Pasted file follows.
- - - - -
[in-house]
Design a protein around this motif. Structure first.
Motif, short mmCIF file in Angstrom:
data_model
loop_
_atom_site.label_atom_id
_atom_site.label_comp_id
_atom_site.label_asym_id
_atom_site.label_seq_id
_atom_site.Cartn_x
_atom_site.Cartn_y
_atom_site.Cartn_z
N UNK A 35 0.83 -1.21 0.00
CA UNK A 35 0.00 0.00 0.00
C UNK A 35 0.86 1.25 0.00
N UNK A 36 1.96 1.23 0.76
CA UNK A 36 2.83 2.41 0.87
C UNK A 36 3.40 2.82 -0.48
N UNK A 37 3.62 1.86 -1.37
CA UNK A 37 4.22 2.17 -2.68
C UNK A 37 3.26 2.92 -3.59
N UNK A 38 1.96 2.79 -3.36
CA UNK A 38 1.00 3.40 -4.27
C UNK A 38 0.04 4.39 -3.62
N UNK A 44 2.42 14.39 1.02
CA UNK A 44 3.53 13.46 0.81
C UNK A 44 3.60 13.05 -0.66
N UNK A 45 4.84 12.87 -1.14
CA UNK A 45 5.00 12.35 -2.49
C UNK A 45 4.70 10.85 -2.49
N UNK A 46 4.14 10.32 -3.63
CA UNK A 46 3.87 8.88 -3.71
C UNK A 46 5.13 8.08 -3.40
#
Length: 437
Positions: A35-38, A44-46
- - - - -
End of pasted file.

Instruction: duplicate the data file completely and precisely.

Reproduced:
[in-house]
Design a protein around this motif. Structure first.
Motif, short mmCIF file in Angstrom:
data_model
loop_
_atom_site.label_atom_id
_atom_site.label_comp_id
_atom_site.label_asym_id
_atom_site.label_seq_id
_atom_site.Cartn_x
_atom_site.Cartn_y
_atom_site.Cartn_z
N UNK A 35 0.83 -1.21 0.00
CA UNK A 35 0.00 0.00 0.00
C UNK A 35 0.86 1.25 0.00
N UNK A 36 1.96 1.23 0.76
CA UNK A 36 2.83 2.41 0.87
C UNK A 36 3.40 2.82 -0.48
N UNK A 37 3.62 1.86 -1.37
CA UNK A 37 4.22 2.17 -2.68
C UNK A 37 3.26 2.92 -3.59
N UNK A 38 1.96 2.79 -3.36
CA UNK A 38 1.00 3.40 -4.27
C UNK A 38 0.04 4.39 -3.62
N UNK A 44 2.42 14.39 1.02
CA UNK A 44 3.53 13.46 0.81
C UNK A 44 3.60 13.05 -0.66
N UNK A 45 4.84 12.87 -1.14
CA UNK A 45 5.00 12.35 -2.49
C UNK A 45 4.70 10.85 -2.49
N UNK A 46 4.14 10.32 -3.63
CA UNK A 46 3.87 8.88 -3.71
C UNK A 46 5.13 8.08 -3.40
#
Length: 437
Positions: A35-38, A44-46